As the European Commission continues to withhold the UK’s statutes under the Green Card Scheme, motor insurers need to start preparing drivers for a no-deal Brexit.
A few players dominate the personal motor insurance space. These insurers will set the standard for how to rapidly address consumers’ needs and changing service delivery requirements under a no-deal Brexit. Based on GlobalData’s UK Top 20 General Insurance Competitor Analytics, the top five UK personal motor insurers made up 49.4% of the market share by gross written premiums in 2019. These providers were Direct Line, Aviva, LV=, Munich Re, and Admiral. Beyond these leading five, GlobalData also finds that the top 10 made up 77.2% of the UK market share in the same year.
With only days left until the Brexit transition period comes to an end, the likelihood of no-deal is increasing. Should this be the case, from 2021, UK nationals will have to physically carry a green card (proof-of-insurance document) when using their vehicle in the Republic of Ireland and other EU states, just as those in other non-EU and European Economic Area (EEA) countries are required to. This will create a series of challenges for UK drivers.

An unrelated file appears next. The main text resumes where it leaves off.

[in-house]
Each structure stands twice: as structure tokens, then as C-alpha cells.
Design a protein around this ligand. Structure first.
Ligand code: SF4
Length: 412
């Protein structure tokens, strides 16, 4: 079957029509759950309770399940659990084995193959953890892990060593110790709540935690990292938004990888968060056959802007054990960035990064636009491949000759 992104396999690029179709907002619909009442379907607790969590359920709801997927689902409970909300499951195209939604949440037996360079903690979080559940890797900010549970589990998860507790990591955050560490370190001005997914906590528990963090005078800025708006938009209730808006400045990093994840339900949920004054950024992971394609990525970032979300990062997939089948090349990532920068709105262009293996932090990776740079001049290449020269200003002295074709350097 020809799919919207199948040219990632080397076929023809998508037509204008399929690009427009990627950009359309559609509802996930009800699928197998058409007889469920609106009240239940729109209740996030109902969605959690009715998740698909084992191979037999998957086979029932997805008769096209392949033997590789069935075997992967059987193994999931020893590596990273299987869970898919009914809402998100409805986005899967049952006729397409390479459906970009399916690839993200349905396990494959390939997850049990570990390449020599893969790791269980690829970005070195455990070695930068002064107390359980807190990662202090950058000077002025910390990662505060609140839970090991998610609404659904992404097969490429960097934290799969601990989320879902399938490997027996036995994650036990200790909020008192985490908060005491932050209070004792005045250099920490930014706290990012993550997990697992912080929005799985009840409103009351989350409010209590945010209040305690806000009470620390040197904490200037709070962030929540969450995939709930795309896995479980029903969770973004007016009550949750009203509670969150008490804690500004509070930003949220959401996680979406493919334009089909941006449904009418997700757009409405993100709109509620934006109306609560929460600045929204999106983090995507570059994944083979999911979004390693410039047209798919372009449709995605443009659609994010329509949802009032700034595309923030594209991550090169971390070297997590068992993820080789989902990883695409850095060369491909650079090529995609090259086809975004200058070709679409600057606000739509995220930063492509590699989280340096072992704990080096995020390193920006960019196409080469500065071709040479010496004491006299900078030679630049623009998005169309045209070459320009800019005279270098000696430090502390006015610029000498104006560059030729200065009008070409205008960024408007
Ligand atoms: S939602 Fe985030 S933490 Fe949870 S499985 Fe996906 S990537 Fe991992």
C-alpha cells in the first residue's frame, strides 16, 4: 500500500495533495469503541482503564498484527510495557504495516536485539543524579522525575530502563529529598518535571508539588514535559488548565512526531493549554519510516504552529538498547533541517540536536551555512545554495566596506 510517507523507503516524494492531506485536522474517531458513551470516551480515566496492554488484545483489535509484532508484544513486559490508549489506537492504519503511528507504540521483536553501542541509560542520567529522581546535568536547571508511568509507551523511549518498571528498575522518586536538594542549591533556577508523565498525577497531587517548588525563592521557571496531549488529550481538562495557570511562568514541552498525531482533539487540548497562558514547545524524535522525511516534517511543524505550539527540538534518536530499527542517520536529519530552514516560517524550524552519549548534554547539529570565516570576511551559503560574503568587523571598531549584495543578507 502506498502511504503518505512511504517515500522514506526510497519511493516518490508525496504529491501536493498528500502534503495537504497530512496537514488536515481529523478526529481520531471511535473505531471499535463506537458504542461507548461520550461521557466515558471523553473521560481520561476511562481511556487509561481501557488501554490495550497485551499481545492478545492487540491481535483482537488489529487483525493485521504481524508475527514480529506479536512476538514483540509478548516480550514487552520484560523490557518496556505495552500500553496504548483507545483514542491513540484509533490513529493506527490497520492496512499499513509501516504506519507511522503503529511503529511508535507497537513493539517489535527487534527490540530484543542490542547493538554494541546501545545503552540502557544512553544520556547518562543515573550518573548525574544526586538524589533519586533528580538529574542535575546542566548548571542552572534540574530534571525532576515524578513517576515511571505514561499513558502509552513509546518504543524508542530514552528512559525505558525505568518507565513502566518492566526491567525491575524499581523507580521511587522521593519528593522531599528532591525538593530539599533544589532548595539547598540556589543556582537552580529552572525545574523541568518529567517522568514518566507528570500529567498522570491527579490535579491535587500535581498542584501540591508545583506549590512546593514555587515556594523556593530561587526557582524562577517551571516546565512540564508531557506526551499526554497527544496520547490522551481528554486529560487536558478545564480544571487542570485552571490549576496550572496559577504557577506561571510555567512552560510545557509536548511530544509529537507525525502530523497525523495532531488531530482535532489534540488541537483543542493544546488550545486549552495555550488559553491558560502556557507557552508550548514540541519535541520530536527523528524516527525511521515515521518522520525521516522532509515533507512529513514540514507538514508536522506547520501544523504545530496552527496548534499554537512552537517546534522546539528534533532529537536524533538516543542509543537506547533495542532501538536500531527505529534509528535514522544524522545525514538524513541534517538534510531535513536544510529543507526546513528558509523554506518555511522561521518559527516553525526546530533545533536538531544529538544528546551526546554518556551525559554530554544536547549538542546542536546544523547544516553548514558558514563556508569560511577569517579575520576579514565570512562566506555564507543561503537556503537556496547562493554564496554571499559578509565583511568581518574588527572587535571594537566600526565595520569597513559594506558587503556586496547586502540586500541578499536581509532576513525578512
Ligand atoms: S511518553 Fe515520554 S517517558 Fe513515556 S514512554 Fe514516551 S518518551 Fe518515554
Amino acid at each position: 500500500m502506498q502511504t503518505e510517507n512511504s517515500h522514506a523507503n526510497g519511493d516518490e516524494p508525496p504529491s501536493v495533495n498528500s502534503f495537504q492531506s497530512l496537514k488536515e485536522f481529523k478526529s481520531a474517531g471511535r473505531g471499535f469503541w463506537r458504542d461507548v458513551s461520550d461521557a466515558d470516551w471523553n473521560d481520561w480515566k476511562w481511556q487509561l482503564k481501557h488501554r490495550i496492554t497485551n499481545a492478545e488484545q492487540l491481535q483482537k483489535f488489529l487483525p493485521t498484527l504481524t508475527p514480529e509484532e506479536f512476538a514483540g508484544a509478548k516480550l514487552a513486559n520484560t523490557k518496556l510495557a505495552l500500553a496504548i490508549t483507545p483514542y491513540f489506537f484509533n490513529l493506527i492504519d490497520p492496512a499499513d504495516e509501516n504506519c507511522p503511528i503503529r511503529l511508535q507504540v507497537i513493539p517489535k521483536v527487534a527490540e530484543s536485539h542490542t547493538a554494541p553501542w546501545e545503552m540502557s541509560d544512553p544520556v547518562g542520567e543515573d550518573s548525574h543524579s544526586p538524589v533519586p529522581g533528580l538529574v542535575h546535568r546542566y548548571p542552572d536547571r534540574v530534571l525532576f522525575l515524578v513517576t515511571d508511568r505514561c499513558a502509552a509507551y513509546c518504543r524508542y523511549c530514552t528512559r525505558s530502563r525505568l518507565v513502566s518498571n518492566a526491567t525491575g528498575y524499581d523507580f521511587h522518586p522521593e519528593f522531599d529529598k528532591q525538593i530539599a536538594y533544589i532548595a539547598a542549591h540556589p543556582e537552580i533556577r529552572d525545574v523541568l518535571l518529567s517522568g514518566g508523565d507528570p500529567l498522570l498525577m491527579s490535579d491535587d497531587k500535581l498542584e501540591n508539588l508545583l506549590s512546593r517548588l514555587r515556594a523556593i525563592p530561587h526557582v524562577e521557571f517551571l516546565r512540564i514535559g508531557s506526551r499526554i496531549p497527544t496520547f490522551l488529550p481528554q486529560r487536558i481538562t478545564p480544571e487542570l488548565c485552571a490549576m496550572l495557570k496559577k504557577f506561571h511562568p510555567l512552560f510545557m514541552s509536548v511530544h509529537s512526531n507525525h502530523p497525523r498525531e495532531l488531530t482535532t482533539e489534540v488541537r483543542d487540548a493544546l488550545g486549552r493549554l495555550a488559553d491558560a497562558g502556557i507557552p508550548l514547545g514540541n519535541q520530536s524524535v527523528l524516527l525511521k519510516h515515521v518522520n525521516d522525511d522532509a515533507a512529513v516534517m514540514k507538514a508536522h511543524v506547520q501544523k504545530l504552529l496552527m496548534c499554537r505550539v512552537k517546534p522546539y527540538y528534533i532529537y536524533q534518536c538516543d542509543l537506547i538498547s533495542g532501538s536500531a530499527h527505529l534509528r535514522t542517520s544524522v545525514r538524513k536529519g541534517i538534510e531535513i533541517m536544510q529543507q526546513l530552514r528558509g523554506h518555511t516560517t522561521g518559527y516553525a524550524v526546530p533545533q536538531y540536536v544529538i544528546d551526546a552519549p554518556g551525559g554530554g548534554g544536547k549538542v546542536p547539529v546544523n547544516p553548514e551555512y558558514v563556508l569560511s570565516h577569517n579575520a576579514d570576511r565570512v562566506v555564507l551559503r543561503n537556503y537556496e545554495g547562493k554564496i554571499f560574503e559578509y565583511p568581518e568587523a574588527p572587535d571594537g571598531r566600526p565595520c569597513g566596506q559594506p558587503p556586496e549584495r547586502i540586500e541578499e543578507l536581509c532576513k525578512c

Challenges include administrative paper work, whereby UK citizens will have to notify their insurers a month prior to their travels in Europe; renewal of the green card when the policy expires or if consumers change providers; as well as further administrative barriers to processing a claim if consumers have a road traffic accident in the EU/EEA.
Beyond communicating with consumers regarding the potential need for a green card, UK insurers should also streamline the process of authorizing them, ensuring all policyholders are made aware of all possible new requirements as well as reducing customer pain points in the facilitating of documents. UK insurers must also consider ways to decrease administrative issues in claims processes should a UK driver have an accident in the EU/EEA area. Without improving such issues, motorist dissatisfaction will increase and they will face even higher premiums should insurers pass on the greater administrative costs.